I like good stuff. Hence, I'm very excited about Mad Men premiering Sunday night. So excited, that an idea struck me to write an easy and fun column comparing each SEC school to a Mad Men character. You've seen these things before. Things like, "Which Star Wars character is your team?" I thought of some fun ones pretty quickly. Tennessee is Roger Sterling, the former big shot who tried to use a flashy young toy (Vols: Lane Kiffin - Sterling: sexy new secretary) in a failed attempt to reclaim past glory. Missouri is Betty Draper, the annoying, childish character who everyone thinks the show is better without.
But I hit a snag when thinking of Don Draper. On the surface, Draper is a popular character because despite his moral faults, he's considered incredibly cool. He dresses well. Every word he says is delivered perfectly. He drinks his way through work every day and is still one of the top people in his profession. Of course he's also the main character. These qualities would likely make Draper the LSU or Alabama character. But on a deeper level, Draper is the signpost of the show's trademark: the issue of identity. Draper is constantly trying to figure out who he is, torn between his Dick Whitman past and current Draper persona. As he said, "In a nutshell, it all comes down to what I want versus what's expected of me."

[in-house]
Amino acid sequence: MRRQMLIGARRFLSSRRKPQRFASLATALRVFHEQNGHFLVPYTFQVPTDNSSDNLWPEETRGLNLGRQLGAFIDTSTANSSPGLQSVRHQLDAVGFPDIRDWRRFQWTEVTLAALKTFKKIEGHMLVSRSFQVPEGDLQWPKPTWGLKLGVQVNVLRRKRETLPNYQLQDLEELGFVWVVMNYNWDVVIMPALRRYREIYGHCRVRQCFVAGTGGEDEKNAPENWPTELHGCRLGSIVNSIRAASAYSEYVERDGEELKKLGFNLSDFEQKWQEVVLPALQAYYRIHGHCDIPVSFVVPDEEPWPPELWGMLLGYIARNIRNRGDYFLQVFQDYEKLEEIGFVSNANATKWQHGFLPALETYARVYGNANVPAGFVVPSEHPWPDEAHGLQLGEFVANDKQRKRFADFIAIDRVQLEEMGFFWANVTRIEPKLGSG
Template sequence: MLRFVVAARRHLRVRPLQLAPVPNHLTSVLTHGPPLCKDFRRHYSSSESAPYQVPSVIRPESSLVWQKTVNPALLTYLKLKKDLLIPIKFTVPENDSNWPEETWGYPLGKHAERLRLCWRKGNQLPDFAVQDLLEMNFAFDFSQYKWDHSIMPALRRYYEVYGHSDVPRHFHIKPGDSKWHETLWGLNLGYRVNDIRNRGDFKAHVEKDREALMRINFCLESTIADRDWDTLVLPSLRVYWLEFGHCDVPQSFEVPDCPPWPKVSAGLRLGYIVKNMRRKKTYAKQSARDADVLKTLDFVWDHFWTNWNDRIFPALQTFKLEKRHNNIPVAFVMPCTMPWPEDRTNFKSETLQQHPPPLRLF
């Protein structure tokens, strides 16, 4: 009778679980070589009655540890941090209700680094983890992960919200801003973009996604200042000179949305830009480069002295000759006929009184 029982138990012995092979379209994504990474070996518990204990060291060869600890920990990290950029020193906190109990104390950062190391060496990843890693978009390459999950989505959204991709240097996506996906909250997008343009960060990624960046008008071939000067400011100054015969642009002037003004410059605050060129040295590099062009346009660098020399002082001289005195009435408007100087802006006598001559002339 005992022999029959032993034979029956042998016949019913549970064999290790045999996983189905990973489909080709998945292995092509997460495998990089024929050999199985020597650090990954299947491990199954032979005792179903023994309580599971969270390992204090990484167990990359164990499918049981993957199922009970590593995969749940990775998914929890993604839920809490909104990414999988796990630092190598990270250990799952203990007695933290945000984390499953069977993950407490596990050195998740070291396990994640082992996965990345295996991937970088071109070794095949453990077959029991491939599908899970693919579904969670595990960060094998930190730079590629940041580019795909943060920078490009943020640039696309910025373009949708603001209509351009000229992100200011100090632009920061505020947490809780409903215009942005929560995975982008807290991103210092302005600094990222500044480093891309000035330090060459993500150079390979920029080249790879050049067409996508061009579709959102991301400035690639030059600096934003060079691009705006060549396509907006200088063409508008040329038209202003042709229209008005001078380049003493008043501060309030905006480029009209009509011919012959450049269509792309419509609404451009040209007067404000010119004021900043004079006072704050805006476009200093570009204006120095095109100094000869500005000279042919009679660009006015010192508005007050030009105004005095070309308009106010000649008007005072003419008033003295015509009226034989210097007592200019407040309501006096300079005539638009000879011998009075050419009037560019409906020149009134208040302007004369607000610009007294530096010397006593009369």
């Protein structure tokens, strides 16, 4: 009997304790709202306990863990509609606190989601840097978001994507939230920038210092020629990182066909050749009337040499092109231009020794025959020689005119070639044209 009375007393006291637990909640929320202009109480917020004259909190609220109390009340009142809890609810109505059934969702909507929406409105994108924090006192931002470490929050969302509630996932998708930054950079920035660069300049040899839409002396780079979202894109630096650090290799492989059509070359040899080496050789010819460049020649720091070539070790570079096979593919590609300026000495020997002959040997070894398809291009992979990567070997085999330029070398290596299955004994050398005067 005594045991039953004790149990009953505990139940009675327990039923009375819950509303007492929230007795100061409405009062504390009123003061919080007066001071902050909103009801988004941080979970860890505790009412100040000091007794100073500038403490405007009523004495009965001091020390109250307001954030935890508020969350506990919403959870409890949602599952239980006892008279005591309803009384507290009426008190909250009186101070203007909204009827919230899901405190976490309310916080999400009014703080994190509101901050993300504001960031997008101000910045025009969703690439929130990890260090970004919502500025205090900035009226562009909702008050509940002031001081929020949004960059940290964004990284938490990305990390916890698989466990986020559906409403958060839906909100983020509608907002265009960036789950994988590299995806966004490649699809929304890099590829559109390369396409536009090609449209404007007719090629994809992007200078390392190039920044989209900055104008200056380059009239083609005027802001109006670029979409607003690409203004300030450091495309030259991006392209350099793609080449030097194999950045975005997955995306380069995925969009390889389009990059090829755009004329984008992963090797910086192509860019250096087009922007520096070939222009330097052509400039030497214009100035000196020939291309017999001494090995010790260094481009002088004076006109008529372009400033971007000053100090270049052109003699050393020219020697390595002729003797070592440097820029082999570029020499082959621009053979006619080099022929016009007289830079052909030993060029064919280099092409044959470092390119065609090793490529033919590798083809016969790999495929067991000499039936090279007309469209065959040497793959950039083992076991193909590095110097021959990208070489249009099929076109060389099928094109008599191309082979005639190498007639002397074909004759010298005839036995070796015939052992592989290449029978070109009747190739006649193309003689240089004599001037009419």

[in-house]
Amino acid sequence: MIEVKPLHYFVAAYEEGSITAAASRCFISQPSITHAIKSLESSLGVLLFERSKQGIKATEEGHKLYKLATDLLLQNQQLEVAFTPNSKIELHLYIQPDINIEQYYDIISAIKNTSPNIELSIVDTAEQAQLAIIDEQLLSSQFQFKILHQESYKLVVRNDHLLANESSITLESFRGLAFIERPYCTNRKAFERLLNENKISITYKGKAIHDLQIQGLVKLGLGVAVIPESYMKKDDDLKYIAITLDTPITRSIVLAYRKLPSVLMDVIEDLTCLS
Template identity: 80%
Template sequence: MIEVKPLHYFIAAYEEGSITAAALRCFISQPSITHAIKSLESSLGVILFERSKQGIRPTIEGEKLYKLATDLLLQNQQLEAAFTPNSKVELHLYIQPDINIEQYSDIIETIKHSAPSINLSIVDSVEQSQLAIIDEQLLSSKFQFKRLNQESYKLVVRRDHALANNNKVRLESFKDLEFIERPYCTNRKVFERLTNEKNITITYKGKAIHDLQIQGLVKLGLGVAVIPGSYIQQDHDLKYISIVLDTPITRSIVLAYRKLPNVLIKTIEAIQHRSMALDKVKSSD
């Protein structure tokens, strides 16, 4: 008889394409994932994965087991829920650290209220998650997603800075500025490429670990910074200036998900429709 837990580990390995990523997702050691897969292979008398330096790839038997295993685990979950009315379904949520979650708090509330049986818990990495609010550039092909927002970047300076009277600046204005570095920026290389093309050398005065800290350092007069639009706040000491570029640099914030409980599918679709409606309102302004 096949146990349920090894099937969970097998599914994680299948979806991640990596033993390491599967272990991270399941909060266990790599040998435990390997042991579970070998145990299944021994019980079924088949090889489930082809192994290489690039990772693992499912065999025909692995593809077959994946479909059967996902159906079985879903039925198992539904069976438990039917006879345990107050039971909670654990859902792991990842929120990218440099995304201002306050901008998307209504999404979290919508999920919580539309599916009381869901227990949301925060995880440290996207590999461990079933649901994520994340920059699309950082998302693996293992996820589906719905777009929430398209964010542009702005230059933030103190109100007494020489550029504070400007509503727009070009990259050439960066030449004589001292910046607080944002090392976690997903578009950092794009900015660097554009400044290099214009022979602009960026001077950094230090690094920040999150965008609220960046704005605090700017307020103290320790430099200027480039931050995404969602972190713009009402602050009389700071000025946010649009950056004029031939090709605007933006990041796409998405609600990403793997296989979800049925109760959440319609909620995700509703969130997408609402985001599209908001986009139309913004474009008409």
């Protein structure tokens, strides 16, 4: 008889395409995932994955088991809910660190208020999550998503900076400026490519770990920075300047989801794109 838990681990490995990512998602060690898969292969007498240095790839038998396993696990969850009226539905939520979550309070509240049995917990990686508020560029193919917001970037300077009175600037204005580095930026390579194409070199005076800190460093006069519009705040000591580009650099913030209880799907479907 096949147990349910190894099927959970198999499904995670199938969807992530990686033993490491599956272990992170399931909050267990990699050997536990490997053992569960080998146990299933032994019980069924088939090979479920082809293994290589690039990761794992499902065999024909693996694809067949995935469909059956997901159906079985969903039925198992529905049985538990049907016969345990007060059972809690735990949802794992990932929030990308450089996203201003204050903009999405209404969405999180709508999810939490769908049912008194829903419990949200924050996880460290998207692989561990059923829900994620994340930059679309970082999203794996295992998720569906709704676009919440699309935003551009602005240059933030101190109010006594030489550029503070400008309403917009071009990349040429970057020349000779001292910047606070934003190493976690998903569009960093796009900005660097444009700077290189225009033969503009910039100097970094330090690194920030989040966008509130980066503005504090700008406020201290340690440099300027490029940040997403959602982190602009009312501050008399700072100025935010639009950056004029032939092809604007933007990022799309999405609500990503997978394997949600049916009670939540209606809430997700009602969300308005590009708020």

And when I think of identity issues in college sports, is there any school that has struggled with their own identity more than Arkansas?
I don't mean that as an insult to Arkansas in any way. I think any objective observer would note that the Razorbacks have had issues fitting in seemingly wherever they've been. In the Southwest Conference days, Arkansas had to deal with identifying as a member of that league despite being the only conference school outside the state of Texas. After shedding that Dick Whitman conference and moving to the SEC, people still wondered if Arkansas was a good fit for the league. Whether or not Arkansas should join the Big 12 was debated by television announcers during game broadcasts, fans throughout both leagues, and even people within Arkansas. The Razorbacks didn't help themselves with a, let's say, less than stellar entrance to the league. Nothing says "we're SEC ready!" like a loss to the Citadel.
Identities are gained from doing things. They don't just appear. That's why the name of the agency is Sterling Cooper Draper Pryce. That is the identity of the agency because those people have accomplished things and people trust that. This is why most schools push their history and tradition like it's the most important thing in the world. Several schools post championships and great former players in prominent locations in their stadium. You won't go to a game in Neyland Stadium without knowing Peyton Manning and Reggie White played there. Want to know how many All-Americans and bowl victories Oklahoma has had? Just look at the front of the press box. You can't set foot in Tuscaloosa without seeing dedications to all of their championships. Even Ole Miss honors teams claiming national titles, even if no one else considers them national champions.